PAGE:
In Their Own Words, Titanic


Titanic survivor Edith Russell, when she died in 1975 at the age of ninety-eight, was as amazed by the fact that she had lived to see astronauts walking between the mountains of the moon as by the fact that she had watched the Royal Mail Steamer Titanic tear itself apart over the mid-Atlantic Ridge. Born in 1877, she had been witness to the most promising and perilous ten decades Homo sapiens had ever known, or possibly ever would know. Her memories began when Doc. Holiday, Bat Masterson and Butch Cassidy were young, when cars, gas stoves, telephones, electric lights and motion pictures were only inventions on the horizon. During her first quarter century, she saw the conquest of air in flimsy, kite-like planes, including the experimental contraption that had almost taken the life of young Harold Candee ‘ which is how one of Miss Russell’s fellow travelers, Helen Churchill Candee, came to be with her aboard the Titanic. Helen was sailing home to America, to visit her recuperating son; and the fact that she actually knew someone who had piloted a plane was cause enough, in those days, for notoriety.

‘ Edith’s next seven decades saw the undoing of the sound barrier, the unlocking of the atom, the rise and fall of the Third Reich, the decline of the British Empire, the slow unraveling of a segregationist class system in America, and finally, amidst all the horrors and wonders, the bridging of interplanetary space.

She told historian Walter Lord that she felt both privileged and burdened to have lived in such vibrant times. She had managed to escape the ravages of Kaiser Wilhelm’s mustard gas bombs while becoming one of history’s first ‘in the trenches” war correspondents. In addition to surviving the Titanic, she walked away from two fatal car crashes, several fires, floods, tornadoes, and at least one more shipwreck. Flying in a plane, she decided, would be ‘daring God,” so she traveled the world only by ship or rail. Following a stint as mistress to Titanic owner J.Bruce Ismay (a fact confided by her to Walter Lord in later years, and the basis for Walter’s admonition that, in Her Name, Titanic, I had probably placed too much faith in Ms. Russell’s defense of Ismay), she evidently came to regard marriage as belonging to the same crazy camp as airplanes. Thus, at age ninety-eight, she wrote that she had experienced every disaster except a plane crash, bubonic plague, and a husband.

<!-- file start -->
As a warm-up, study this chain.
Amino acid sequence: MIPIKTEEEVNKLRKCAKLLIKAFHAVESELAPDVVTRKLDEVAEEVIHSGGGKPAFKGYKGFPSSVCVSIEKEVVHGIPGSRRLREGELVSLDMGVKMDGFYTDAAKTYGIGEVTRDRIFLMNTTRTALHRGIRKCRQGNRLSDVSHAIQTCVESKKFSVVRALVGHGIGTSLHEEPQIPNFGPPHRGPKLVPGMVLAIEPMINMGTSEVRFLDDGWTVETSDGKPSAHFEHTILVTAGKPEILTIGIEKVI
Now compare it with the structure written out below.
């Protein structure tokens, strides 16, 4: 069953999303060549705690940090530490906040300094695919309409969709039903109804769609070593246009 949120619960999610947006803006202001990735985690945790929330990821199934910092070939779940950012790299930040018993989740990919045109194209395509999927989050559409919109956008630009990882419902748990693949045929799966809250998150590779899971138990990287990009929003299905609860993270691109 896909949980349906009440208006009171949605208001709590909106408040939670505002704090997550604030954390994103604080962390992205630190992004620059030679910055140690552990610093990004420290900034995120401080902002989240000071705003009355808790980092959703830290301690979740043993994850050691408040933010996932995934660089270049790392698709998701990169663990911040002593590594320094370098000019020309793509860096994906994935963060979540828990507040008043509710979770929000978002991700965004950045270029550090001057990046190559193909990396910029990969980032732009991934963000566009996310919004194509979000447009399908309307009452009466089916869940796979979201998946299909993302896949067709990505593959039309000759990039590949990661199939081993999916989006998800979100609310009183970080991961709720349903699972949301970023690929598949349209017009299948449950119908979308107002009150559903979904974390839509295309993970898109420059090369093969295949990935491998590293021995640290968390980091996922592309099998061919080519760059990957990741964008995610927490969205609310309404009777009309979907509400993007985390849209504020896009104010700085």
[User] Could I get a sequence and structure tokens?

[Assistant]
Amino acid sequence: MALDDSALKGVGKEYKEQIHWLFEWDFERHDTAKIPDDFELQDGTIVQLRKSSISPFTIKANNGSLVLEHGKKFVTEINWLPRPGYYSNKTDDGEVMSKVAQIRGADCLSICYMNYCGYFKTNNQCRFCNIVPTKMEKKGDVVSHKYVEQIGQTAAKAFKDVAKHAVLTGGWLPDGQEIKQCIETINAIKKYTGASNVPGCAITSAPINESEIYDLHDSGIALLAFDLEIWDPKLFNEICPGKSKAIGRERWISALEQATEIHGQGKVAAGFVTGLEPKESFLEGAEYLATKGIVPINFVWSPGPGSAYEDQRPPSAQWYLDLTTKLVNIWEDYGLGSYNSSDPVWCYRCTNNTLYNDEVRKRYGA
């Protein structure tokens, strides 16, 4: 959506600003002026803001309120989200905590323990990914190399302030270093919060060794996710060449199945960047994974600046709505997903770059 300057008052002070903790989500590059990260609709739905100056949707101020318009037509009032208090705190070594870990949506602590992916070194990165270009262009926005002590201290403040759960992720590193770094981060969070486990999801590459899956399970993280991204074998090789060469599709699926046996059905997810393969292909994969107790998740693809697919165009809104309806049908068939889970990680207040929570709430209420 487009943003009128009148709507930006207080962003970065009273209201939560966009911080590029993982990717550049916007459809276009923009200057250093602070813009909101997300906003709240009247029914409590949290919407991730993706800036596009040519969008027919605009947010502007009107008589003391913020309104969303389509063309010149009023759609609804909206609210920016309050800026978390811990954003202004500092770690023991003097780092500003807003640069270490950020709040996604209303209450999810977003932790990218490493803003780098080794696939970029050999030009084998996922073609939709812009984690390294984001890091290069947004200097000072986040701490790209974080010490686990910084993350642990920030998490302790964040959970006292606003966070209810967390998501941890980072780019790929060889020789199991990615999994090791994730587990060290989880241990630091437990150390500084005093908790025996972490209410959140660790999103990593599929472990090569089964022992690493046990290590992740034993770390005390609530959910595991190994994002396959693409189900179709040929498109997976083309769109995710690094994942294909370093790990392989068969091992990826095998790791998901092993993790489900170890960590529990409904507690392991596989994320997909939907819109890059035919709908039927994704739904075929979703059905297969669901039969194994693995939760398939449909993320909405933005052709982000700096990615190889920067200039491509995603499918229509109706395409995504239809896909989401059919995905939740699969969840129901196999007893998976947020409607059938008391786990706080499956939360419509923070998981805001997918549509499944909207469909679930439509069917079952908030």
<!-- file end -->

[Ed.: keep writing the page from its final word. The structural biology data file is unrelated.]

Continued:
During the filming of A Night to Remember, in 1958, Edith visited the set with Producer Bill Macquitty, who as a child had watched the Titanic being built, and saw it sail off on its first and last voyage with Edith Russell upon it. In his book, Titanic Memories (National Maritime Museum, London, 2000), MacQuitty writes: ‘We walked past the workshops and finally turned a corner to see where a third of the ship rose from its concrete bed. Two funnels, thrust into the winter sky, dwarfed the four lifeboats on the boat deck. Edith stopped in her tracks. She stood still and silent for a long time, until she said, ‘I can’t believe it.’ Once on the boat deck, she took hold of a lifeboat lifeline. Her face was aged, but strong and determined. Straight eyebrows, set widely apart, enhanced the deep-set eyes. Edith was completely overcome, her thoughts still far away. Quietly the photographer took a shot to include the name Titanic on the boat. Edith never noticed. Slowly she walked along the deck. ‘It was here that I stood,’ she said.”